It is not the announcement that readers deserve, but the one they need.
Today I’m announcing big news for Jonathan Tibbs readers! Unfortunately, that news is not a set publication date for the sequel, but a development that will directly affect said date.
Thank You READERS!
Everyone who bought a copy of The Never Hero, who got excited about it, told their friends to read it, wrote a review, sent an email, tweeted or blogged about it. It is because of you, and the support of my family, that I’ve resigned from my day job. I gave notice January 8th, and on January 23rd I will be a full time writer. I wish there were better words to express my gratitude for your readership and support. The best I can do is tell you why it matters so much to me.
In 2013, I was thirty-two and circling a break down. I hadn’t been fired. I hadn’t lost a loved one. My family was happy and healthy. I had no obvious reason to be miserable.
Under the surface a part of me wanted to lose everything, wished I would show up to work the next day and find out I had been let go. I was at that point in life where you toy with hitting that ‘big red button.’ You start asking yourself, “What could I do to set it all in motion?” What is the action that will irreparably put me on a course for my own personal rock bottom?
A piece of me was desperately searching for the freedom that comes from failing at all of my responsibilities, from having nothing to lose.
I was never going to be happy at a 40-50 hour a week job. It wasn’t my employer, nor the employer who followed, both were great companies and treated me well. It was incompatibility with the lifestyle. This was not a new revelation, but one I struggled with, unconsciously at first and very consciously later, since entering the work force.
I day dreamed about going out in blaze of ridiculous glory… Jerry Mcquire style…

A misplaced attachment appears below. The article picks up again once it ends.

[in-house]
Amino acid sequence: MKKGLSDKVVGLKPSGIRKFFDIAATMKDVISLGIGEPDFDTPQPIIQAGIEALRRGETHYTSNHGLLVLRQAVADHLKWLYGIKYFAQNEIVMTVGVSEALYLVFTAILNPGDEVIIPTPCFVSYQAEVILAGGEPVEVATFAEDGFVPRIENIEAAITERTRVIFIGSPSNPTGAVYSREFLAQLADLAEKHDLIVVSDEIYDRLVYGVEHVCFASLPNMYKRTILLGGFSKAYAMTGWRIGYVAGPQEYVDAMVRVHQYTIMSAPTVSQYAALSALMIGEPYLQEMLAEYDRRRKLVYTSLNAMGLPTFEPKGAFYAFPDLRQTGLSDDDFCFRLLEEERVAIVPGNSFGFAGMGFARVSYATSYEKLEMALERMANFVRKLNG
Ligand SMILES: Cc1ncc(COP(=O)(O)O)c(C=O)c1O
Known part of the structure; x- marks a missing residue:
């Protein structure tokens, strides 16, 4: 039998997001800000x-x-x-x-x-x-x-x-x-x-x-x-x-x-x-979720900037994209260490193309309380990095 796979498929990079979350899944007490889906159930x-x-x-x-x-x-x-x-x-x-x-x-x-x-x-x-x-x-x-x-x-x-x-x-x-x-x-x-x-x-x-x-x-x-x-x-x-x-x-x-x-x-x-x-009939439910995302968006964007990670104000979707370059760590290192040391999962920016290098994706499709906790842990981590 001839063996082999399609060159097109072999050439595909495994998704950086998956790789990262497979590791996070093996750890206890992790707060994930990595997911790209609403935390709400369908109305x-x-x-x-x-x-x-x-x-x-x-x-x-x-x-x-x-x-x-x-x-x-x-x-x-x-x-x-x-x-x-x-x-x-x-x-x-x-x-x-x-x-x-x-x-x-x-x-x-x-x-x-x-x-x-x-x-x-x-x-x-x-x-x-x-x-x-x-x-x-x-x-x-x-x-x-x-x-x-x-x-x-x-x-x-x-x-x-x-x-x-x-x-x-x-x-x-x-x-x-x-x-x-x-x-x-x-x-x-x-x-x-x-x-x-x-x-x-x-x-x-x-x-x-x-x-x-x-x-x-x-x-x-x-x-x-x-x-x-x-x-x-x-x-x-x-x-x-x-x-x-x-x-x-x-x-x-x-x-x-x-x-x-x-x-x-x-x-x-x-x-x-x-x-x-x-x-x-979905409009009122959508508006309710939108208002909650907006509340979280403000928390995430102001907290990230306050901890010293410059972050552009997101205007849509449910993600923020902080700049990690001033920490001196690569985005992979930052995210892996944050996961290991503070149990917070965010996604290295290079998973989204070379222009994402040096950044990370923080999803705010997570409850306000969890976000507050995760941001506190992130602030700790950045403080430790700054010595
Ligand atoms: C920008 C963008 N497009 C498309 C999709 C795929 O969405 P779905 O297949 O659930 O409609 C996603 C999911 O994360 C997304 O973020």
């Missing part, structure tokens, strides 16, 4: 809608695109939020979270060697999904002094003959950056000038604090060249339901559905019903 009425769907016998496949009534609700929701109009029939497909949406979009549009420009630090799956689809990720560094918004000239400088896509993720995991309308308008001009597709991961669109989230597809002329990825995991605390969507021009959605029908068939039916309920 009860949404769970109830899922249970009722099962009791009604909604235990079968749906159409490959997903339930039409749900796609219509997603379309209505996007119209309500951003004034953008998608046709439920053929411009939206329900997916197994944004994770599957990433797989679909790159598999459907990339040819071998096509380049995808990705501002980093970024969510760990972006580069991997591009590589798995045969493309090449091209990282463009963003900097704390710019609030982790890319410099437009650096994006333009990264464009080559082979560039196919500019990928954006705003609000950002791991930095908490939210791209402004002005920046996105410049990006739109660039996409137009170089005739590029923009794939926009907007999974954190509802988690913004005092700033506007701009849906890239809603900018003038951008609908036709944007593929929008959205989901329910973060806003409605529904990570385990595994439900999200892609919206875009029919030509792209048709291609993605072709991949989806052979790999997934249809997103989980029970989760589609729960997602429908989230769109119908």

Unfortunately, tempting as that big red button is, we all know that I wasn’t willing to take my family down with me. I often wonder if I knew that this might be the case…
A long time ago in a lonely bachelor’s pad far far away…
That perhaps I went looking for family, a place where I was needed, so I wouldn’t feel I had the option of hitting that button when the urge got strong enough.
Show up to work… try to care… repeat. Years going by in a blur. Every day just wanting the one simple @$#@%@# luxury of being able to go to sleep when I was tired, and wake up when I @$#@%@ wasn’t.
What is worse, of course, is that it felt so damn immature.
It is a strange box that one, knowing you aren’t acting your age, but not being able to find the words you need to say to yourself in order to become the ‘responsible adult’ you are suppose to be by now.
“Accept reality,” he said to himself in a chant. “This is how the world works.”
Now, I know this is hardly unique. I get it! I may as well be expressing the grief of everyone who has ever had to work their whole life. Or at least everyone who watched Office Space. Perhaps there was one difference, for me, that made it feel like a prison. I can’t fake enthusiasm.
If you asked my wife: How well does T. Ellery Hodges lie?
She would say:
“He never bothers. Not because of some moral code, mind you, but because he finds it exhausting and he is terrible at it. Seriously, if he tried to lie to me, I’d know immediately. Whatever he said would sound fishy and he would take a nap right afterward.”
My career, whatever it was at the time, kept needing me to care. Not pretend to care, mind you, but I was suppose to actually want to be there. I couldn’t fake it though, just say the words with enthusiasm: “I want to be here and I care!”
In short, my livelihood could not depend on my ability to pretend I cared about corporate success. I was going to eventually lose that battle and I had no illusions about it. The stress of which was always present, and I feared I was getting ready to engage in some self destructive behavior if only to force something to change.